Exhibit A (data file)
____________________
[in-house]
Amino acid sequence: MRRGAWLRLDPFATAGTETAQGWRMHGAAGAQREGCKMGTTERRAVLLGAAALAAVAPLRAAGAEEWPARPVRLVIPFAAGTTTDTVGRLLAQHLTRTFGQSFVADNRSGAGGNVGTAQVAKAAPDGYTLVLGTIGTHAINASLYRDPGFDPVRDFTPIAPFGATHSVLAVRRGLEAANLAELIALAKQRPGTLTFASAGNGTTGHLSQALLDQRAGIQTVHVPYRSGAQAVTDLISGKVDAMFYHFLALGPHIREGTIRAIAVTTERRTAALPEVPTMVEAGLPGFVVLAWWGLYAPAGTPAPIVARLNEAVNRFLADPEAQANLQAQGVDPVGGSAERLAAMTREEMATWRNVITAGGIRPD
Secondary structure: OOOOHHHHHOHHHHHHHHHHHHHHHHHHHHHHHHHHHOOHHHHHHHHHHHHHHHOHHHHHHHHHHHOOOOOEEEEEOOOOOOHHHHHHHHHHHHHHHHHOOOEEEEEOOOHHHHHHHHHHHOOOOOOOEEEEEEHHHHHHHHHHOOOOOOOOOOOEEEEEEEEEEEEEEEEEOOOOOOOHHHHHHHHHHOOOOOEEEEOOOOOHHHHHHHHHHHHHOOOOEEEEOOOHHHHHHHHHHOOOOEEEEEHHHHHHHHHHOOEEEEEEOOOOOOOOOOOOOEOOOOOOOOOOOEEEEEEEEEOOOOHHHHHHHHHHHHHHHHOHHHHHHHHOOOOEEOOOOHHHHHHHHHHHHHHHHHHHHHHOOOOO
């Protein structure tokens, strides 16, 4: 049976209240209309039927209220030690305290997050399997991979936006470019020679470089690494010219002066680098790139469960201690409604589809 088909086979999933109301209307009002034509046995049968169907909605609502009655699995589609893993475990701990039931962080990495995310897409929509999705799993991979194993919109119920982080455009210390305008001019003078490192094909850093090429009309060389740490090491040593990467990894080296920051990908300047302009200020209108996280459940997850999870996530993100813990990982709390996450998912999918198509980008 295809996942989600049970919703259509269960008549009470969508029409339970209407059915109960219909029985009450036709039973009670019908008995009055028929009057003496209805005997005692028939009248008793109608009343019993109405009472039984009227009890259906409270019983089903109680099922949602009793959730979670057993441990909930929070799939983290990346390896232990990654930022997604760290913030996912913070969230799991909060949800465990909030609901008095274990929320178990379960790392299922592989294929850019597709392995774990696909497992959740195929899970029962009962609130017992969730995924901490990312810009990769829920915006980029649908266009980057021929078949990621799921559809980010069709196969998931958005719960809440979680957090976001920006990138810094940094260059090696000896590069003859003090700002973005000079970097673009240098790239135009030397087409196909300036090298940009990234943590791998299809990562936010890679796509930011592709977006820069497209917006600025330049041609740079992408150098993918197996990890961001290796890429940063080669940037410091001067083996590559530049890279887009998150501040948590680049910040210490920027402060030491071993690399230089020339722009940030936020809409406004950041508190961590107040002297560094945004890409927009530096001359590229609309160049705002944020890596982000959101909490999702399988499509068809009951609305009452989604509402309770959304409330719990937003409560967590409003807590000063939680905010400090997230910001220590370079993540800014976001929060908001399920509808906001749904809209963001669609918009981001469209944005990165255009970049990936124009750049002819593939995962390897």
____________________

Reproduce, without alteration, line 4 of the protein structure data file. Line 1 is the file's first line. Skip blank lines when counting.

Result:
């Protein structure tokens, strides 16, 4: 049976209240209309039927209220030690305290997050399997991979936006470019020679470089690494010219002066680098790139469960201690409604589809 088909086979999933109301209307009002034509046995049968169907909605609502009655699995589609893993475990701990039931962080990495995310897409929509999705799993991979194993919109119920982080455009210390305008001019003078490192094909850093090429009309060389740490090491040593990467990894080296920051990908300047302009200020209108996280459940997850999870996530993100813990990982709390996450998912999918198509980008 295809996942989600049970919703259509269960008549009470969508029409339970209407059915109960219909029985009450036709039973009670019908008995009055028929009057003496209805005997005692028939009248008793109608009343019993109405009472039984009227009890259906409270019983089903109680099922949602009793959730979670057993441990909930929070799939983290990346390896232990990654930022997604760290913030996912913070969230799991909060949800465990909030609901008095274990929320178990379960790392299922592989294929850019597709392995774990696909497992959740195929899970029962009962609130017992969730995924901490990312810009990769829920915006980029649908266009980057021929078949990621799921559809980010069709196969998931958005719960809440979680957090976001920006990138810094940094260059090696000896590069003859003090700002973005000079970097673009240098790239135009030397087409196909300036090298940009990234943590791998299809990562936010890679796509930011592709977006820069497209917006600025330049041609740079992408150098993918197996990890961001290796890429940063080669940037410091001067083996590559530049890279887009998150501040948590680049910040210490920027402060030491071993690399230089020339722009940030936020809409406004950041508190961590107040002297560094945004890409927009530096001359590229609309160049705002944020890596982000959101909490999702399988499509068809009951609305009452989604509402309770959304409330719990937003409560967590409003807590000063939680905010400090997230910001220590370079993540800014976001929060908001399920509808906001749904809209963001669609918009981001469209944005990165255009970049990936124009750049002819593939995962390897």